There are a lot of reasons to anticipate this show and most of those are the same reasons that will have me intrigued for the long run rather than just writing it off quickly. The creative talent behind it is very much right up my alley and once you start to look deep into who all is behind it, you can make the connections to other shows all the easier. Coming from manglobe, whose last big release here was Samurai Champloo, they've brought in some solid talent. My chief reason for being interested is that the script and overall arc was done by Dai Sato, who produced some of the best written episodes of the Ghost in the Shell TV series. His layering worked well for that show and produced some great standalone pieces as well.

The visual side and the atmosphere of the show isn't hard to break down either. Being a mixture of Samurai Champloo in design while combined with Witch Hunter Robin, realizing that both shows share the same director in Shuou Murase makes it all the more obvious. Visually, it's like he took With Hunter Robin and transplanted much of it and tweaked it to be even more mechanical and cold. Some of the character designs are reminiscent of that series as well, though Naoyuki Onda didn't serve as a character designer for it. His work in Gantz and Sol Bianca is more apparent here but much darker than either of those shows in some ways. Probably more importantly in the visual arena, it's having Kazuhiro Yamada as the director of photography that helps set all of it. Between Samurai Champloo and working on Blood: The Last Vampire, the angles and shots are very reminiscent.

Ergo Proxy plays up to the darker side of science fiction stories in some future version of the world where most of humanity has been seemingly wiped out and remnants now exist inside a massive domed city called Romdo. Within that world, plans swirl through the control of a group of people who have something bigger in store and simply control everything that happens in some way. Be it authorizing births to couples or watching everything that happens through the eyes of their robotic guardians, the AutoReivs, they seemingly know everything. Much of the power is retained to them, but they dole it out in small measure to various humans who do their bidding, such as Raul who works as the head of what you could call the police.

Where the show focuses early on though is with a young woman named Re-l who works out of the Intelligence Bureau. Looking like she came directly off of an Evanescence CD cover, she's the granddaughter of the man who rules this city and operates as a detective. She's been loyal to what's been going on and works closely with her Entourage AutoReiv named Iggy to deal with the assignments she gets. Parallel to her experienced nature and sharp skills, we also follow a young man named Vincent Law who has recently immigrated to Romdo from the outside. Immigrants aren't given much in the way of status and they have to work hard to earn citizenship while being deferential the entire time. Vincent's having a difficult time adapting to this new work but he wants citizenship dearly for some reason. Through his challenges and the people he meets, we see different sides of Romdo than we do though Re-l.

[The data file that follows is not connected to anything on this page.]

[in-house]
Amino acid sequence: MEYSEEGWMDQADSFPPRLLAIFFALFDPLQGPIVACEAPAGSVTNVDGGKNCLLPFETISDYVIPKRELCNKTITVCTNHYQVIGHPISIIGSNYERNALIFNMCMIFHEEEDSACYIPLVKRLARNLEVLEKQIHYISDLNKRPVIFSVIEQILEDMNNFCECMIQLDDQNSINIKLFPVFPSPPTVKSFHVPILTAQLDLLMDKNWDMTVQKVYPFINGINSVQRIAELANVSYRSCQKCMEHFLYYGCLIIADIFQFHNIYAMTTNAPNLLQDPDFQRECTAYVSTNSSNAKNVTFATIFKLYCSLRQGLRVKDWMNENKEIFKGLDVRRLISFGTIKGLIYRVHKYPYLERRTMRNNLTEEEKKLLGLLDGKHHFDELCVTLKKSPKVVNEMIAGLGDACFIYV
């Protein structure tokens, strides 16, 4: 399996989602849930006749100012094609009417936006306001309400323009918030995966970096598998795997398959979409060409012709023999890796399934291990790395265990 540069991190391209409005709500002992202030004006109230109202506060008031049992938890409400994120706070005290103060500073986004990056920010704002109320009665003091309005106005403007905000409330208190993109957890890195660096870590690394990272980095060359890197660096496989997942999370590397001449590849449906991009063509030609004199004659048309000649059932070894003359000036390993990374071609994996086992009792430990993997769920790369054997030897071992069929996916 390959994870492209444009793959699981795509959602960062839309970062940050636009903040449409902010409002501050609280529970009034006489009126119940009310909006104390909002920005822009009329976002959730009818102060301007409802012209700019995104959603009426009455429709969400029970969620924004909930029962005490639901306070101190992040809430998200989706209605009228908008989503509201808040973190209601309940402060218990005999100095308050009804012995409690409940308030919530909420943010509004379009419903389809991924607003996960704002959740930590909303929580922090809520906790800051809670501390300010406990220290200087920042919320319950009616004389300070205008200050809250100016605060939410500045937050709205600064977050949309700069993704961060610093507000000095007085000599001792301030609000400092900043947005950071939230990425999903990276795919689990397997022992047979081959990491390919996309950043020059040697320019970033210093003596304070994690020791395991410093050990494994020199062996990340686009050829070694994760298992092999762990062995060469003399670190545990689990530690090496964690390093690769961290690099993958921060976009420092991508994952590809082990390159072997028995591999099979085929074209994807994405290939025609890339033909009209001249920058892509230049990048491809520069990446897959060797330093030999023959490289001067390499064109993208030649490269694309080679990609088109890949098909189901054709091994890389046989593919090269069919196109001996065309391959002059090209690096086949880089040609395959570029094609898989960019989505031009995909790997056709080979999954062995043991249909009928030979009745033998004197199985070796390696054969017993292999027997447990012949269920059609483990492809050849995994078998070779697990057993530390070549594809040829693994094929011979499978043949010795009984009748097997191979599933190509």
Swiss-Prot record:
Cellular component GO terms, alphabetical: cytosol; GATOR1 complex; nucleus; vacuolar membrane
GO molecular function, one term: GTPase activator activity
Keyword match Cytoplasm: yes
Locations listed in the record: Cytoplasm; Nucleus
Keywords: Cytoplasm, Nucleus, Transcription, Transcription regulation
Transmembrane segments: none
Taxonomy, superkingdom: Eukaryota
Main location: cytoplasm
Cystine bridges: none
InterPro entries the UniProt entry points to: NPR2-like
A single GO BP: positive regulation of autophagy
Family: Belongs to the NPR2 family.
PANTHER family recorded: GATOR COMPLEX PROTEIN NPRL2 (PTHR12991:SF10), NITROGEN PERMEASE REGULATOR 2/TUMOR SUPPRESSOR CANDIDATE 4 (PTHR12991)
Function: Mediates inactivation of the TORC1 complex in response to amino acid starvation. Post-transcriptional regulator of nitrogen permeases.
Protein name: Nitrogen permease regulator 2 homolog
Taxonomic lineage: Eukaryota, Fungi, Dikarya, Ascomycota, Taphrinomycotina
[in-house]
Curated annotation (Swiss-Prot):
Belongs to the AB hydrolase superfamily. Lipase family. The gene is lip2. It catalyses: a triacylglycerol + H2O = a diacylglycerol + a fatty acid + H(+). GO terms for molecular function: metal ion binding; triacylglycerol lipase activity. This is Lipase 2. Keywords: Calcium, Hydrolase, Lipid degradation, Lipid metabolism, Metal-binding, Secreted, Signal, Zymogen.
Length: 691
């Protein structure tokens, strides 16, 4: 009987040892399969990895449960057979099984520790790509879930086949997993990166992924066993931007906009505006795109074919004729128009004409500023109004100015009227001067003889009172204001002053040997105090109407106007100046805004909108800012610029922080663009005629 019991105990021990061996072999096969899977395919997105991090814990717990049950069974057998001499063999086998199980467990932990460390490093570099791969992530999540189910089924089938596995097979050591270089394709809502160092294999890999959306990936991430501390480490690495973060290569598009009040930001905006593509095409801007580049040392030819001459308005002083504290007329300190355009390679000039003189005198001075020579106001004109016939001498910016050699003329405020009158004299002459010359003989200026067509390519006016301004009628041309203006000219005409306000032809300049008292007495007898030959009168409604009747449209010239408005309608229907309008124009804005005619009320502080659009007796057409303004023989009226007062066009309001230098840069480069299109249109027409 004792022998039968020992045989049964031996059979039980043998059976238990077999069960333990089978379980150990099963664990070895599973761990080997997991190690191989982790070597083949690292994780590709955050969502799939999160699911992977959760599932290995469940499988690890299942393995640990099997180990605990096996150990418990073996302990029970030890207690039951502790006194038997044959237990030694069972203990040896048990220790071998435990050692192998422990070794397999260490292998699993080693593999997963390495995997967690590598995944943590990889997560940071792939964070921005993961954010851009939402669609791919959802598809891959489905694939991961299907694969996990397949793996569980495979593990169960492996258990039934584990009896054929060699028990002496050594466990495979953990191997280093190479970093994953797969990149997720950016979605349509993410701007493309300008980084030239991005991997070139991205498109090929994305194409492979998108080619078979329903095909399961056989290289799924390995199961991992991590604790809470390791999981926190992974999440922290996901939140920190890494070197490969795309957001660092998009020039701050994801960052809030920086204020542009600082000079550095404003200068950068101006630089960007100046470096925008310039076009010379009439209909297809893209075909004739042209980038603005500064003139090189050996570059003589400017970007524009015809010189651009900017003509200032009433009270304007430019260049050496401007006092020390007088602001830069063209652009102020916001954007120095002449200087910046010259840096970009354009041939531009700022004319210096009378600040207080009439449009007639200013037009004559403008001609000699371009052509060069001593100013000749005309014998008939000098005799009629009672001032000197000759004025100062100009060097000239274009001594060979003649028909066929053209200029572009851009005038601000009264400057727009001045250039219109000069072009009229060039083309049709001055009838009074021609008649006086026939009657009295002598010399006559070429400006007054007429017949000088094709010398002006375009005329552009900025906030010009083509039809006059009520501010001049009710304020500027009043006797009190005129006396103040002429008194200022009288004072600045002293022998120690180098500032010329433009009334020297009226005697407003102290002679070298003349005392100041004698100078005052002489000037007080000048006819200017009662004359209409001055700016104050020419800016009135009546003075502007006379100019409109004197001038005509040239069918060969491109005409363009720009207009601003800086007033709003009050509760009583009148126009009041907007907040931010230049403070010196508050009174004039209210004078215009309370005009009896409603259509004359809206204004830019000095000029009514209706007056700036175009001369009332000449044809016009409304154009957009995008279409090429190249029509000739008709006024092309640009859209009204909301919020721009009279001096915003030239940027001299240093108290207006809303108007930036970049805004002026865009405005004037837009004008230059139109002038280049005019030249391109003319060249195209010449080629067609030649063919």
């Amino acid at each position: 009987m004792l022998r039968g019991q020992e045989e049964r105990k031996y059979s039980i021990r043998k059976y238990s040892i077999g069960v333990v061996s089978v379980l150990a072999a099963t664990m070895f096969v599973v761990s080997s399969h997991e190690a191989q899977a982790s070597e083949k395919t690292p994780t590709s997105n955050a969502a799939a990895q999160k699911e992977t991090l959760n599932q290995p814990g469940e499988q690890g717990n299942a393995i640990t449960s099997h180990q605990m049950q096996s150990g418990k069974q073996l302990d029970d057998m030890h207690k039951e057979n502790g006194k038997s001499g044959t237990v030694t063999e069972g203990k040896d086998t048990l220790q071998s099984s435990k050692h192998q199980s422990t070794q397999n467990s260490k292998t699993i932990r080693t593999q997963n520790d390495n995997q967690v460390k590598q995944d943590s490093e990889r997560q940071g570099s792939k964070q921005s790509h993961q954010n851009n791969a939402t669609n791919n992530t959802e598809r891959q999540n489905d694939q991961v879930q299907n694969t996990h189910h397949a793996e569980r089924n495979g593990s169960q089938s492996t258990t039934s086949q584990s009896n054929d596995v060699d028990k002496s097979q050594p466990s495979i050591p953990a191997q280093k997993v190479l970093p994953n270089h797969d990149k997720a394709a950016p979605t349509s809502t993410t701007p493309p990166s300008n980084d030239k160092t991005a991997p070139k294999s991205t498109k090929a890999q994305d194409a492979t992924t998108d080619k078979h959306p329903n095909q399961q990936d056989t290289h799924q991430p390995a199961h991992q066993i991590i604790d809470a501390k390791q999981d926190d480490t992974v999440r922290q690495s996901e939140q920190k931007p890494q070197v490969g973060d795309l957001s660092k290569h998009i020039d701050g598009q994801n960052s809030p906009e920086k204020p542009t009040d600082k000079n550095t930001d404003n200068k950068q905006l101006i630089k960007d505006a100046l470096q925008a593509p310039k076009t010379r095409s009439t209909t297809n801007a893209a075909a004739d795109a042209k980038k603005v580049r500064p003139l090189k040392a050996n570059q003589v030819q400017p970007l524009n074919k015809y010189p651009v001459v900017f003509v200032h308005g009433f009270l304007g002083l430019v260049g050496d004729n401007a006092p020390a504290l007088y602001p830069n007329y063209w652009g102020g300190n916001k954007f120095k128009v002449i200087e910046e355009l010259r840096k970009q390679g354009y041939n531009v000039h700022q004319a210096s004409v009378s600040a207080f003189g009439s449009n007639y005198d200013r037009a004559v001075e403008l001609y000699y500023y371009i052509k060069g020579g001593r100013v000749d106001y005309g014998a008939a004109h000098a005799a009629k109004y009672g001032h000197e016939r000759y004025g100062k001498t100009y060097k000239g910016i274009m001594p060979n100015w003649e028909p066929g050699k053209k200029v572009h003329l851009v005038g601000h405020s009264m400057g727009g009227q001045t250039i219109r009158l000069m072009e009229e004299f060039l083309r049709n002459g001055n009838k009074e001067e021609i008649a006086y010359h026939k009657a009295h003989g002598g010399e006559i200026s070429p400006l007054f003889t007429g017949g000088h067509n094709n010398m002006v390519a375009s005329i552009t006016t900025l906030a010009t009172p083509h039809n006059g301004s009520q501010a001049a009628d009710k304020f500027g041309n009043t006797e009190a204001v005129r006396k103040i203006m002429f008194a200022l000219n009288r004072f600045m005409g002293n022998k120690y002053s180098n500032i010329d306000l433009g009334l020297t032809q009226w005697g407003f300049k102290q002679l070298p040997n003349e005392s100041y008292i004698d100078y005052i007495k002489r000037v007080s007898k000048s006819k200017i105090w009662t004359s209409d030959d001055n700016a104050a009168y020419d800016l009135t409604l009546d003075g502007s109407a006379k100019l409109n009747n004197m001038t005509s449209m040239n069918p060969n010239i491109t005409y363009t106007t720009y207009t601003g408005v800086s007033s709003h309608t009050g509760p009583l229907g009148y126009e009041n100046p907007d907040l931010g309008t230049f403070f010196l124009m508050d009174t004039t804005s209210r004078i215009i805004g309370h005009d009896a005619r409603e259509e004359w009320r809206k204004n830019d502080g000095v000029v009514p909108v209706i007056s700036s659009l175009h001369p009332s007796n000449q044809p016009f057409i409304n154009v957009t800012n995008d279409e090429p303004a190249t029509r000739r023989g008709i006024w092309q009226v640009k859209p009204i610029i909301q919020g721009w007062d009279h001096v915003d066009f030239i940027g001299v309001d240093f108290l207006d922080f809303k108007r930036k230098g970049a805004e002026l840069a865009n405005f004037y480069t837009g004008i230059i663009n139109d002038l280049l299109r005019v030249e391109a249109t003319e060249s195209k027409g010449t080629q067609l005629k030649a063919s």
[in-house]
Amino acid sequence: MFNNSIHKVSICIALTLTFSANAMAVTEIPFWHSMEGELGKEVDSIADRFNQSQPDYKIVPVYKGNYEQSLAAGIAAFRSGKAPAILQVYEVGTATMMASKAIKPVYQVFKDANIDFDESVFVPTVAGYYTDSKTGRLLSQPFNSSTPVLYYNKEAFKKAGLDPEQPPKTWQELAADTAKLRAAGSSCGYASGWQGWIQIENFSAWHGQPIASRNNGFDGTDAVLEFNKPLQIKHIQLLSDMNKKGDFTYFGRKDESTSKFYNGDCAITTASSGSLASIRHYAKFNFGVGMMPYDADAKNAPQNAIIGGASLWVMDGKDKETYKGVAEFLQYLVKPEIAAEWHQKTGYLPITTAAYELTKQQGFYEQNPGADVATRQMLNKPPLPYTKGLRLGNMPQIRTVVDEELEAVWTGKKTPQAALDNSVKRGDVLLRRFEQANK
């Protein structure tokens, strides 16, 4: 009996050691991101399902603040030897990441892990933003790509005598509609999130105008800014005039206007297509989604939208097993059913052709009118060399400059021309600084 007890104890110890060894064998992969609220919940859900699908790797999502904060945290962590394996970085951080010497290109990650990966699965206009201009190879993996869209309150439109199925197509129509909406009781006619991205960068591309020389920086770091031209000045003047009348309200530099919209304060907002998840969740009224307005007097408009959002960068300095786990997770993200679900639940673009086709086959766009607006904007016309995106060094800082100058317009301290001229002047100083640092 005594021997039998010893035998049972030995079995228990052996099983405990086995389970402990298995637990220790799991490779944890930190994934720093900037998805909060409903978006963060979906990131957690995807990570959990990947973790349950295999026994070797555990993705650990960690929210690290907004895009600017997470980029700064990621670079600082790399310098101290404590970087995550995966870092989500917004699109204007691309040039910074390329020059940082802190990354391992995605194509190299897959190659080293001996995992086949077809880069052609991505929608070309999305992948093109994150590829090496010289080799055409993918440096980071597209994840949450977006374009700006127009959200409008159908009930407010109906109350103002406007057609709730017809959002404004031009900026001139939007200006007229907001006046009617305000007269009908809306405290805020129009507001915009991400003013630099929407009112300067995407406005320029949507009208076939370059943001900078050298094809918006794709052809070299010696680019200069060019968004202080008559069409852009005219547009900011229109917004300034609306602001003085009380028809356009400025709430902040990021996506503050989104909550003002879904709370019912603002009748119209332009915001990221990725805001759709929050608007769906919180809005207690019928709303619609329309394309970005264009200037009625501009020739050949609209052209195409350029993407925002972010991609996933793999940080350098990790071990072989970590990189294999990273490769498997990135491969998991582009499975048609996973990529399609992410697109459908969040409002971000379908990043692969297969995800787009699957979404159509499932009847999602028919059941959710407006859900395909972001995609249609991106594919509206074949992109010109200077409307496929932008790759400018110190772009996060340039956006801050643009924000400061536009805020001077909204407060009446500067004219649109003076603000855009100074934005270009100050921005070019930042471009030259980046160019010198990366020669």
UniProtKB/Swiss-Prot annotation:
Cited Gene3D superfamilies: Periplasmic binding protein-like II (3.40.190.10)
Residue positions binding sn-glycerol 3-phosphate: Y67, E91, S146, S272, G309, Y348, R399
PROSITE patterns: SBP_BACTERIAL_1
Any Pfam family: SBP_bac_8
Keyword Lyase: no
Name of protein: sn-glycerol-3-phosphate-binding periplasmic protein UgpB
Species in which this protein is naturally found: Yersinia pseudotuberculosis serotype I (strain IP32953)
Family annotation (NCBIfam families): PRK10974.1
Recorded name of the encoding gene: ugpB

Re-l's view of the world changes though when she finds herself on a case that puts her up against some mysterious and deadly humanoid creature called a proxy. She manages to escape with her life but when she proceeds to start a full investigation into it, she realizes that it's existence is something being kept a secret. Something that's being manipulated at the highest levels as her grandfather is now using Iggy to watch her directly and keep her out of sensitive areas of information that would help her. As she goes through this discovery, Vince finds himself in a similar situation with a proxy only that it's killed his Entourage and he's being hunted by the police due to the deaths it creates during a busy shopping mall.

With a series that looks like this and deals with the issues it does, it's filled with a lot of atmosphere and seemingly useless background things, such as the text that floats up on screens a lot. But it's actually something that helps build a more fully realized world and adds to the mysteries of how it all operates. Ergo Proxy is trying to mix both big concept with basic action thriller material and other than a few far too slow moments here and there, has done a solid job of setting the opening episodes of the series. Even though they're made to obviously appeal to a certain crowd, I adore the look of Re-l. From the first small clip I'd seen where they were really pushing the blue eye make-up, it just clicked for me in a way that similar things in Ghost in the Shell clicked. Be it my inner geek or something else, this is a visually attractive show.

In Summary:
Call it an amalgamation of shows like Ghost in the Shell, Texhnolyze and Witch Hunter Robin, Ergo Proxy has to stand on its own in the long run. While it can drawn on visual and story cues from those shows, it has to bring it all together within its own fully realized world and make it work. These opening episodes, with a couple of them running slightly longer, manages to do a solid job of just that. Teasing out the information without making it too mysterious, there's a definite learning curve involved but the payoff really starts to show by the end of the first volume as the worldview gets bigger. There really isn't all that much like this on the market right now so it will attract an audience and probably a lot of faithful to it. This set of episodes isn't an out of the park hit though. It will likely take several more episodes if not the series when viewed overall as a whole to be really appreciated as a piece of work. But it looks to be a very enjoyable ride to get there.

Japanese 5.1 Language,English 5.1 Language,English Subtitles

Review Equipment
Panasonic PT50LC13 50" LCD RP HDTV, Panasonic DMP-BD10 Blu-ray player via HDMI -> DVI with upconversion set to 1080i, Sony STR-DE835 DD/DTS receiver, Monster component cable and Panasonic SB-TP20S Multi-Channel Speaker System With 100-Watt Subwoofer.


Be the first to add a comment to this article!


You must be logged in to leave a comment. Please click here to login.